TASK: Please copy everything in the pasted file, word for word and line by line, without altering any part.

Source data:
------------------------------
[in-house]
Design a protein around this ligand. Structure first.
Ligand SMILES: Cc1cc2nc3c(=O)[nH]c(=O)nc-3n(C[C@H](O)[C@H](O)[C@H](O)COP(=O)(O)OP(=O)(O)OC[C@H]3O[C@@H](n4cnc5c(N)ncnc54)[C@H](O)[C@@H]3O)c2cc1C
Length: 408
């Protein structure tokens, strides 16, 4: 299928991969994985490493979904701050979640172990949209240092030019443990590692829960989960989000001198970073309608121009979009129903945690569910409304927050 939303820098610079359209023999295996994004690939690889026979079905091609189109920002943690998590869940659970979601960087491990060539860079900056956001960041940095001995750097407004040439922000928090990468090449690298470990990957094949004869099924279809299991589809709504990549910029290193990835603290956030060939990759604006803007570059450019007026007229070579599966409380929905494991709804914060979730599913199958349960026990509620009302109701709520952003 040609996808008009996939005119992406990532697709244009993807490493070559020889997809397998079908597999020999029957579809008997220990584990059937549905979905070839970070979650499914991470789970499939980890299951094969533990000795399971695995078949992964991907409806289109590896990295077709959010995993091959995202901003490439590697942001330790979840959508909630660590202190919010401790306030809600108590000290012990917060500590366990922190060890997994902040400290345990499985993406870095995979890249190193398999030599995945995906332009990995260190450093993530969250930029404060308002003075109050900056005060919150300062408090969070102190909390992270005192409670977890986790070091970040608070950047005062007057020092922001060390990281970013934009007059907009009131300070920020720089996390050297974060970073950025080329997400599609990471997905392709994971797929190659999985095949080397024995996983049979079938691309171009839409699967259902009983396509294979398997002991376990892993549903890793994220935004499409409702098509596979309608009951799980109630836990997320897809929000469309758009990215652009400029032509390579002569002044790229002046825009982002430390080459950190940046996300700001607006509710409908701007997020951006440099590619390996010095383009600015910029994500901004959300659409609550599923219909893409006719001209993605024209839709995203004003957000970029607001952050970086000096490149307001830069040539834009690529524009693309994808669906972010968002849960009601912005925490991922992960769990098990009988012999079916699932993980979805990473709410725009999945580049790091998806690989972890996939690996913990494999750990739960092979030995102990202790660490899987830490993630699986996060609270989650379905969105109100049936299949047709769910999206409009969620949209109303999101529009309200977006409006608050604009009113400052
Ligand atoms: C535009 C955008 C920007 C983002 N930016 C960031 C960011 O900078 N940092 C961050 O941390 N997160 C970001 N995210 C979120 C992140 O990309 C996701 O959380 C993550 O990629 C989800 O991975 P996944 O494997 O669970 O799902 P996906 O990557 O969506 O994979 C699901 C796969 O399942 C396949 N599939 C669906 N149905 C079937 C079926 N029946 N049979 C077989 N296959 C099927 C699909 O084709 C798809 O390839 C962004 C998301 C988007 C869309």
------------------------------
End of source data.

[in-house]
Design a protein around this ligand. Structure first.
Ligand SMILES: Cc1cc2nc3c(=O)[nH]c(=O)nc-3n(C[C@H](O)[C@H](O)[C@H](O)COP(=O)(O)OP(=O)(O)OC[C@H]3O[C@@H](n4cnc5c(N)ncnc54)[C@H](O)[C@@H]3O)c2cc1C
Length: 408
């Protein structure tokens, strides 16, 4: 299928991969994985490493979904701050979640172990949209240092030019443990590692829960989960989000001198970073309608121009979009129903945690569910409304927050 939303820098610079359209023999295996994004690939690889026979079905091609189109920002943690998590869940659970979601960087491990060539860079900056956001960041940095001995750097407004040439922000928090990468090449690298470990990957094949004869099924279809299991589809709504990549910029290193990835603290956030060939990759604006803007570059450019007026007229070579599966409380929905494991709804914060979730599913199958349960026990509620009302109701709520952003 040609996808008009996939005119992406990532697709244009993807490493070559020889997809397998079908597999020999029957579809008997220990584990059937549905979905070839970070979650499914991470789970499939980890299951094969533990000795399971695995078949992964991907409806289109590896990295077709959010995993091959995202901003490439590697942001330790979840959508909630660590202190919010401790306030809600108590000290012990917060500590366990922190060890997994902040400290345990499985993406870095995979890249190193398999030599995945995906332009990995260190450093993530969250930029404060308002003075109050900056005060919150300062408090969070102190909390992270005192409670977890986790070091970040608070950047005062007057020092922001060390990281970013934009007059907009009131300070920020720089996390050297974060970073950025080329997400599609990471997905392709994971797929190659999985095949080397024995996983049979079938691309171009839409699967259902009983396509294979398997002991376990892993549903890793994220935004499409409702098509596979309608009951799980109630836990997320897809929000469309758009990215652009400029032509390579002569002044790229002046825009982002430390080459950190940046996300700001607006509710409908701007997020951006440099590619390996010095383009600015910029994500901004959300659409609550599923219909893409006719001209993605024209839709995203004003957000970029607001952050970086000096490149307001830069040539834009690529524009693309994808669906972010968002849960009601912005925490991922992960769990098990009988012999079916699932993980979805990473709410725009999945580049790091998806690989972890996939690996913990494999750990739960092979030995102990202790660490899987830490993630699986996060609270989650379905969105109100049936299949047709769910999206409009969620949209109303999101529009309200977006409006608050604009009113400052
Ligand atoms: C535009 C955008 C920007 C983002 N930016 C960031 C960011 O900078 N940092 C961050 O941390 N997160 C970001 N995210 C979120 C992140 O990309 C996701 O959380 C993550 O990629 C989800 O991975 P996944 O494997 O669970 O799902 P996906 O990557 O969506 O994979 C699901 C796969 O399942 C396949 N599939 C669906 N149905 C079937 C079926 N029946 N049979 C077989 N296959 C099927 C699909 O084709 C798809 O390839 C962004 C998301 C988007 C869309």